The NATO Summit: What You Need to Know!
Overshadowed by the devastation in the United States, Obama was in Poland for the NATO Summit, with a great deal of progress made, but much was still left on the table
NATO members to station 3,000-4,000 troops in Poland and Baltic
UK will continue role in securing Europe, regardless of the Brexit
Germany and Turkey make no progress in restoring friendship
Russia warns that recreating the “Iron Curtain” could lead to military consequences
EU-NATO Declaration for information sharing between parties
July is the month of conferences for the United States with both the Democratic National Convention and the Republican National Convention, but the big one this week was the NATO summit in Warsaw, Poland. Leaders from all 28 of the NATO countries arrived to discuss area security, with the notable leaders being President Obama from the United States, David Cameron from the UK, Angela Merkel from Germany and Recep Tayyip Erdogan from Turkey. These few leaders made headlines for the developments at the NATO Summit.
The United States made a lot of progress at the NATO summit by working with the other member countries to increase pressure on Russia. Included in this is 1,000 troops that will be stationed in Poland by the end of 2017.
Overall, the US has cut the number of troops from 9,800 to 8,400 overall, favoring a reduced but more strategically placed force, as the threat to the NATO region is becoming increasingly clear.
The US-led NATO signed a Joint Declaration with the EU for an intelligence sharing network. This will allow the two entities to act better, as they will now have more complete information on regional threats.
Russia’s ambassador to NATO, Alexander Grushko warned the group of a “spiral of confrontation” as he accuses NATO of building a “new Iron Curtain” separating and isolating Russia from Europe. A decision like this could have “military consequences” warned the Russian ambassador.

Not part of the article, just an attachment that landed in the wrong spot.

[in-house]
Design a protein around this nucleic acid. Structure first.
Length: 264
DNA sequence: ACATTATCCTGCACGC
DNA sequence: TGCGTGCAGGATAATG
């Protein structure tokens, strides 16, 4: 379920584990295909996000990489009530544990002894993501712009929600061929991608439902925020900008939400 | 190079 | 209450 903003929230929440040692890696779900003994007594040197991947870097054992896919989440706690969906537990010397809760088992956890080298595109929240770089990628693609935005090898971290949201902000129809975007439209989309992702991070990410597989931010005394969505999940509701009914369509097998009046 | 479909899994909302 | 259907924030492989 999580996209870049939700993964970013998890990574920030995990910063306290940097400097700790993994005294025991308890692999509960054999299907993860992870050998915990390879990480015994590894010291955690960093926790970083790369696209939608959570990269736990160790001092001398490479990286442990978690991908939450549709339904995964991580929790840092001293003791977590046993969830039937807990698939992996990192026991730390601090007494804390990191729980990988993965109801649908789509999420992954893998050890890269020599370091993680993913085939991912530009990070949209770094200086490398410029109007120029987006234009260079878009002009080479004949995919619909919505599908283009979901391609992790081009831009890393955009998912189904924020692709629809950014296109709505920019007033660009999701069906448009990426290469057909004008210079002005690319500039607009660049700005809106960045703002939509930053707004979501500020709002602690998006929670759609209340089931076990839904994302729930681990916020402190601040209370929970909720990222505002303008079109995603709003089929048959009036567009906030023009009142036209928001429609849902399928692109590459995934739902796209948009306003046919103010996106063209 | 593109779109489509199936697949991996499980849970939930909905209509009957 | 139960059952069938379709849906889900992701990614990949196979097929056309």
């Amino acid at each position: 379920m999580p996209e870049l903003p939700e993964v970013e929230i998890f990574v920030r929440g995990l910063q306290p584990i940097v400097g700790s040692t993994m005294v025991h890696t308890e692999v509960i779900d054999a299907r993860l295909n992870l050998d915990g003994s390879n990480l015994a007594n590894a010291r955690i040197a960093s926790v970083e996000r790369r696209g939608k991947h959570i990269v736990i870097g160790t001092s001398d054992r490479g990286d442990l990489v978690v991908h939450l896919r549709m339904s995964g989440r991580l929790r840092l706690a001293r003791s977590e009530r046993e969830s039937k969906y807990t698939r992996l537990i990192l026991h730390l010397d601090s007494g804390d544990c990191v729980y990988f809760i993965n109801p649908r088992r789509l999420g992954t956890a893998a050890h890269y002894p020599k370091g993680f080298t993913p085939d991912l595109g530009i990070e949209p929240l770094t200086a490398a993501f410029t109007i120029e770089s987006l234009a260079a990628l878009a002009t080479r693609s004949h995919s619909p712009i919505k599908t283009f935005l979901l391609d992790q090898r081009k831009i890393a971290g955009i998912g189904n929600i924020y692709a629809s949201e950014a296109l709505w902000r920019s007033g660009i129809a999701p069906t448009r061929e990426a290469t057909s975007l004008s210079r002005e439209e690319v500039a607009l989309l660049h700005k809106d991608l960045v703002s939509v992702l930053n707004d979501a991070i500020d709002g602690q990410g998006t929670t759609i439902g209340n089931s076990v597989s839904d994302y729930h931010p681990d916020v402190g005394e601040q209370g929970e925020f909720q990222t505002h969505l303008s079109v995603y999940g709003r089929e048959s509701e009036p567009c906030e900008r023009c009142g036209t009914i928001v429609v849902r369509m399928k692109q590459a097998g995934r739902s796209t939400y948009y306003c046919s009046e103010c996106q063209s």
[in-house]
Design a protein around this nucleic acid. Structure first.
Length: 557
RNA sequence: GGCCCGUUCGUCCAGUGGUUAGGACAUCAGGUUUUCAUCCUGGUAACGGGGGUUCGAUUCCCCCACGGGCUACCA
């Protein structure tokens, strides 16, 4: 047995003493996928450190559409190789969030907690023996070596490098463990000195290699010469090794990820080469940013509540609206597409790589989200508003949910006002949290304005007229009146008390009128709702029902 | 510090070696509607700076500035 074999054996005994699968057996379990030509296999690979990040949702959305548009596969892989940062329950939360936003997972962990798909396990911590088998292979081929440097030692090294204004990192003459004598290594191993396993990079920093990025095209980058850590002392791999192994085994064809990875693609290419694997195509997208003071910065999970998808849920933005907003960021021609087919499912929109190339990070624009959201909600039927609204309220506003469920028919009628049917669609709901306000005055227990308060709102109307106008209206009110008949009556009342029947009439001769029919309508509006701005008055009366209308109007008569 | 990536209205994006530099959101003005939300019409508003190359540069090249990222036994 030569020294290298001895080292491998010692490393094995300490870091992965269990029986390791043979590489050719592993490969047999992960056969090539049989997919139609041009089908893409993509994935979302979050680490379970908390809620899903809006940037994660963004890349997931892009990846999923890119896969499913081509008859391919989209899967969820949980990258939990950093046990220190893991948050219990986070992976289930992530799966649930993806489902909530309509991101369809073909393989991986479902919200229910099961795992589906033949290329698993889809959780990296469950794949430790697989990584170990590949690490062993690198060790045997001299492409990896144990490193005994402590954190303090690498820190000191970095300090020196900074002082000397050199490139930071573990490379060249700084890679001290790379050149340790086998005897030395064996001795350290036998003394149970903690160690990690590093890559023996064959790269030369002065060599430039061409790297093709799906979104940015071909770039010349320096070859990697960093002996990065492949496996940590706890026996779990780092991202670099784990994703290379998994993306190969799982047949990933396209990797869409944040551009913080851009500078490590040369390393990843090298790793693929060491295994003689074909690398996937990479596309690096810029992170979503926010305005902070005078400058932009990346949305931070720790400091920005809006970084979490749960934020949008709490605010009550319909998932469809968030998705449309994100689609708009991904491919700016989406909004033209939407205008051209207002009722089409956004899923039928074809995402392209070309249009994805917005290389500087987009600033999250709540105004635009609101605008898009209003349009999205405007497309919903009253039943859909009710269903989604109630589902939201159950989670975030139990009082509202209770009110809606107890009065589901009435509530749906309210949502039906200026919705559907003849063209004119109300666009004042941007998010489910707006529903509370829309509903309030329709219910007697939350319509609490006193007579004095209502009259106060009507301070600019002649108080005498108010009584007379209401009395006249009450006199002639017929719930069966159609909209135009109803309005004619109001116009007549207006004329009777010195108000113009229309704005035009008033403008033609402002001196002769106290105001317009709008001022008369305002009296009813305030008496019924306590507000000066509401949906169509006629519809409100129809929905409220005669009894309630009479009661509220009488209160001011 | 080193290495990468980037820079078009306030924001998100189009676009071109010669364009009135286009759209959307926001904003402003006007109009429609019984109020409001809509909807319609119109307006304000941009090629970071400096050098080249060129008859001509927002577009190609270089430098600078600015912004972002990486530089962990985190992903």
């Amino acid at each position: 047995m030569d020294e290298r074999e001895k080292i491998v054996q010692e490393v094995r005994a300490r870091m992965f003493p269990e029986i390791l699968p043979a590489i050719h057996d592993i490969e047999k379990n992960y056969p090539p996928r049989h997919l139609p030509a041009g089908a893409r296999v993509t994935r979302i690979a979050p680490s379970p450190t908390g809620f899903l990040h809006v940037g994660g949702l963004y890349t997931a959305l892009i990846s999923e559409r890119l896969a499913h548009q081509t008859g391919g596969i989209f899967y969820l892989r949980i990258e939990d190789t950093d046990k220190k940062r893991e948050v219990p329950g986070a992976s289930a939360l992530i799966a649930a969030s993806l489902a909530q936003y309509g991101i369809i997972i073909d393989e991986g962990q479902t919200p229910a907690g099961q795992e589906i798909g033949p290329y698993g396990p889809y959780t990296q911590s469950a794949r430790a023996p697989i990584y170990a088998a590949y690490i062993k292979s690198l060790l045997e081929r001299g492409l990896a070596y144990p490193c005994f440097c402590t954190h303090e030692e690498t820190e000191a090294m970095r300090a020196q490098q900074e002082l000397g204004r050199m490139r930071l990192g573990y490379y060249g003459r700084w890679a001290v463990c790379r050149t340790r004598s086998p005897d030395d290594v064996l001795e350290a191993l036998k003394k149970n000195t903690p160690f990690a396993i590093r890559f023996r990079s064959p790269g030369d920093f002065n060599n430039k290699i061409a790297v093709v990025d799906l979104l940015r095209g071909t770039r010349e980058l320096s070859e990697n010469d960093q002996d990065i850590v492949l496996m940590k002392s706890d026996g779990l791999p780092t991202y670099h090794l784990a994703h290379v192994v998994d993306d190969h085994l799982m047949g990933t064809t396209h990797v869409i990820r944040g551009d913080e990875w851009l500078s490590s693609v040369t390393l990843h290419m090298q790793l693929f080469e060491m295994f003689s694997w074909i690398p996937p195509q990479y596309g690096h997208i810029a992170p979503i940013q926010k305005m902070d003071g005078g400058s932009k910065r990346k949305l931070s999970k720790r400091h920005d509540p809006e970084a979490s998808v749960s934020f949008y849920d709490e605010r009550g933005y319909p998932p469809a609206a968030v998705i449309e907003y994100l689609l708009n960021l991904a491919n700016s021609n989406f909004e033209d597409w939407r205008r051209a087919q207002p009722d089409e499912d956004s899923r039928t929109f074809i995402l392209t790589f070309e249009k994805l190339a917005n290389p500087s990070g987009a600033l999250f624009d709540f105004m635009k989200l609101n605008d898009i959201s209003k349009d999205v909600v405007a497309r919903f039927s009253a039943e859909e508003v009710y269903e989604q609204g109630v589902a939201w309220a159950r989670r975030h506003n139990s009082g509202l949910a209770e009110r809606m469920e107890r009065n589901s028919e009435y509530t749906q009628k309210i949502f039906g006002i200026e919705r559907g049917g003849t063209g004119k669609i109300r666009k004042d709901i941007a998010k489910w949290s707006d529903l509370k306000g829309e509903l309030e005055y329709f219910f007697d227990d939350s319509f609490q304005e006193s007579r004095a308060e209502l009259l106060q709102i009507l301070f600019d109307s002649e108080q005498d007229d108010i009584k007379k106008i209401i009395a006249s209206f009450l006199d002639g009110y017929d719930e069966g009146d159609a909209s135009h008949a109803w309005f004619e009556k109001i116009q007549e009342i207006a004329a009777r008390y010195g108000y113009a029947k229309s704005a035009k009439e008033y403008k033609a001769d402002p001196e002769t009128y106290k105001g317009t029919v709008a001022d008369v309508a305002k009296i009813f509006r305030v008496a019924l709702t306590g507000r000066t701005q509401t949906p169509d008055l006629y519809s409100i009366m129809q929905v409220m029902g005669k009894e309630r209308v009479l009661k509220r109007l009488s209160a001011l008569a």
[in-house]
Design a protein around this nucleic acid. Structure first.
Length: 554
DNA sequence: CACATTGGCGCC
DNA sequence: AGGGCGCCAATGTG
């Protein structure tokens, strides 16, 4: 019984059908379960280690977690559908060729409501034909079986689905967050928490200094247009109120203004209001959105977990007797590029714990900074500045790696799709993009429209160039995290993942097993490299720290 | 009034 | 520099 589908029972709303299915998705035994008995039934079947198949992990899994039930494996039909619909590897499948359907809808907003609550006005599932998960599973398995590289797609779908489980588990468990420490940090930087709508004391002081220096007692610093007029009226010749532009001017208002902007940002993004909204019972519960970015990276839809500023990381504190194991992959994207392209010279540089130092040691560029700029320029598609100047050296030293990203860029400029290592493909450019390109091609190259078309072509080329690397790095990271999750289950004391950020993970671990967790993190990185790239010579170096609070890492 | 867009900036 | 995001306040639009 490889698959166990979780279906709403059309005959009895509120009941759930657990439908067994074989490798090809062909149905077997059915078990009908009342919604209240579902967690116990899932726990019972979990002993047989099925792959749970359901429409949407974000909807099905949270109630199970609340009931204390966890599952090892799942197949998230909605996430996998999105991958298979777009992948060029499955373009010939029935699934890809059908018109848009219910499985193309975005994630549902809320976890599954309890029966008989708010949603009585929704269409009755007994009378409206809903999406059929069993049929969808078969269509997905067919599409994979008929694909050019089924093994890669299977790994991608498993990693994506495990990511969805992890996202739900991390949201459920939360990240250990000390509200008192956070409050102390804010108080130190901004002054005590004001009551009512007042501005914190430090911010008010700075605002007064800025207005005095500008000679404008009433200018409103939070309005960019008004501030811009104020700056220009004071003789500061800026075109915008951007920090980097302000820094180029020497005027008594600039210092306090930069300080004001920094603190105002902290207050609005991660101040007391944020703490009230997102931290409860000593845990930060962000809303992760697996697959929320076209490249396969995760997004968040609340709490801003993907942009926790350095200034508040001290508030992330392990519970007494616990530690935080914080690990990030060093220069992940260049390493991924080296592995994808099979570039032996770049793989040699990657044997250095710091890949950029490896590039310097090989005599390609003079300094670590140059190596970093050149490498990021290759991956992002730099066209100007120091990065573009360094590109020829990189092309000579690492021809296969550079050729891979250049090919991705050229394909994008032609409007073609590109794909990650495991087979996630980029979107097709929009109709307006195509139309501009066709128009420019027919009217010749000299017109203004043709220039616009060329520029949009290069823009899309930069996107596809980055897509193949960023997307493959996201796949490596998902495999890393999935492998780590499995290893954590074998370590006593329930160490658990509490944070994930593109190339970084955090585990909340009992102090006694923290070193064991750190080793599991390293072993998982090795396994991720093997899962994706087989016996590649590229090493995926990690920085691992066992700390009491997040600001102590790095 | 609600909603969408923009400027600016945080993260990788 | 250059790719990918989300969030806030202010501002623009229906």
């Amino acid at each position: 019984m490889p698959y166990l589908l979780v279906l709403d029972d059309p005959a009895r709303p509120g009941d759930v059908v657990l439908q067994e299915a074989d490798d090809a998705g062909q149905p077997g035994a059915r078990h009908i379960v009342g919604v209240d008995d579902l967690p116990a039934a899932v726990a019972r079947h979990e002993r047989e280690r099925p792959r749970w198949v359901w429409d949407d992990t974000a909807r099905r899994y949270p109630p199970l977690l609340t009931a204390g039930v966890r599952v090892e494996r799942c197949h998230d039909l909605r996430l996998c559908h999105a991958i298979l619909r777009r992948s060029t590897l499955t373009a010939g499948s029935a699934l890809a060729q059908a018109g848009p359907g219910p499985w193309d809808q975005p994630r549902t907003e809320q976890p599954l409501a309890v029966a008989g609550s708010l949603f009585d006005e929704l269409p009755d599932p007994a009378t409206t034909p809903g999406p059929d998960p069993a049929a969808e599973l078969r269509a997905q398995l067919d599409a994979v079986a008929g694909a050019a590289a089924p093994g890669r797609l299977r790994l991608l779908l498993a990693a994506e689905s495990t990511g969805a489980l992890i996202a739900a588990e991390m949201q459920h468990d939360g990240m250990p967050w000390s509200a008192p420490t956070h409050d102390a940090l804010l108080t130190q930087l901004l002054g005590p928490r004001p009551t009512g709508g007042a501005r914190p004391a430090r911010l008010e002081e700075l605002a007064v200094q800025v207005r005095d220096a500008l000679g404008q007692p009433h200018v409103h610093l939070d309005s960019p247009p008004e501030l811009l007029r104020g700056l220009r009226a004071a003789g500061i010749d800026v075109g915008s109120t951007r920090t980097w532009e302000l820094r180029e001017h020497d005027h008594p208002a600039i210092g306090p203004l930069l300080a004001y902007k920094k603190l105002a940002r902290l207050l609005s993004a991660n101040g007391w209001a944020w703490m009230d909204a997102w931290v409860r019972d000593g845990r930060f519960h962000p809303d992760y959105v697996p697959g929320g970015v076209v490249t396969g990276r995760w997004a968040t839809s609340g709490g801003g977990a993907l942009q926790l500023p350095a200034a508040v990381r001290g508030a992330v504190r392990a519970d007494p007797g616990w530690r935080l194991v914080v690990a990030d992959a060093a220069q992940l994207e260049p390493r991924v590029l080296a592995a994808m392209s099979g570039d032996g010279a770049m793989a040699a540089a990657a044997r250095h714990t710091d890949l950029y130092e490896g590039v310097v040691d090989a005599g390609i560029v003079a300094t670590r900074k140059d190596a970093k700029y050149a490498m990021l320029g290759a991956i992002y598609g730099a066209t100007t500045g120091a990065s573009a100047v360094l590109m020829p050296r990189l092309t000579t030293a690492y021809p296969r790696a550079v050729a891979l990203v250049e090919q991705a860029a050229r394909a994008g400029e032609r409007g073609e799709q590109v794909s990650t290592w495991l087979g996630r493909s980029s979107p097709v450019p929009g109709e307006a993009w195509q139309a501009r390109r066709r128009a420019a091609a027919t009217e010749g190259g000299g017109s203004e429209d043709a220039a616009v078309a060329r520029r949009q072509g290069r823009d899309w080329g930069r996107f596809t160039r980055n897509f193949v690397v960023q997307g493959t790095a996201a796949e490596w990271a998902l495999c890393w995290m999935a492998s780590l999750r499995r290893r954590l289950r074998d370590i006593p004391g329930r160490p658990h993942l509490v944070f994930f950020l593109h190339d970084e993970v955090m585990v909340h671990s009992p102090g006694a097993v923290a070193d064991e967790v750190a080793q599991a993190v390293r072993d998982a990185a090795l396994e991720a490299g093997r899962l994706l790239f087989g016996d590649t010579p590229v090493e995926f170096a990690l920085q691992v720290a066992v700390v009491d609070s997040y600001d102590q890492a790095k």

This all comes amid Russia announcing the deployment of nuclear missiles to Kaliningrad, a small part of Russia located between Poland and Lithuania.
UK and the Brexit
This was a big topic of discussion, to reassure the world that while the UK has elected to leave the EU, they will remain a member of NATO, and will continue to play a major role in European security, with 500 UK troops being stationed in Estonia.
Germany and Turkey
This summit comes at the perfect time, as tensions hit a new high between Germany and Turkey, with Turkey banning German MP’s from entering Turkey and a German satirist being prosecuted for insulting the Turkish President. After a meeting between the two heads of state, but no concrete progress was made. Erdogan made it clear that he needed the German government to publicly deny supporting the resolution that passed through parliament last month that recognized the Armenian genocide.
The security in Afghanistan is “precarious”, and as such, the NATO allies have elected to continue to aid the Afghan military in troop training until at least 2017. There will be about 13,000 troops remaining in Afghanistan, with an additional 3,000 from the United States.
Angela Merkel and other NATO allies have expressed a fundamental shift in Afghan policy, saying that the Taliban, while radical, are so prevalent that they must be a part of the solution in Afghanistan. “We have made it clear to everyone that in parallel with the political process, dialogue with the Taliban is necessary to advance a political solution” she said at the close of the summit. The Chief Executive Officer of Afghanistan (Yes, Afghanistan has a CEO…), Abdullah Abdullah, said “the threat of terrorism in our region is growing,…The security situation is not as it should be.”
Challenges to Democracy
Poland seemed to be the right venue for this summit, as members expressed concern over the Polish government asserting control over state media amid a dispute with the courts. The current government is very right-wing, and they trying to assert control over the appointments to the Constitutional Court and how it works. This has led to street protests and the EU has opened an investigation.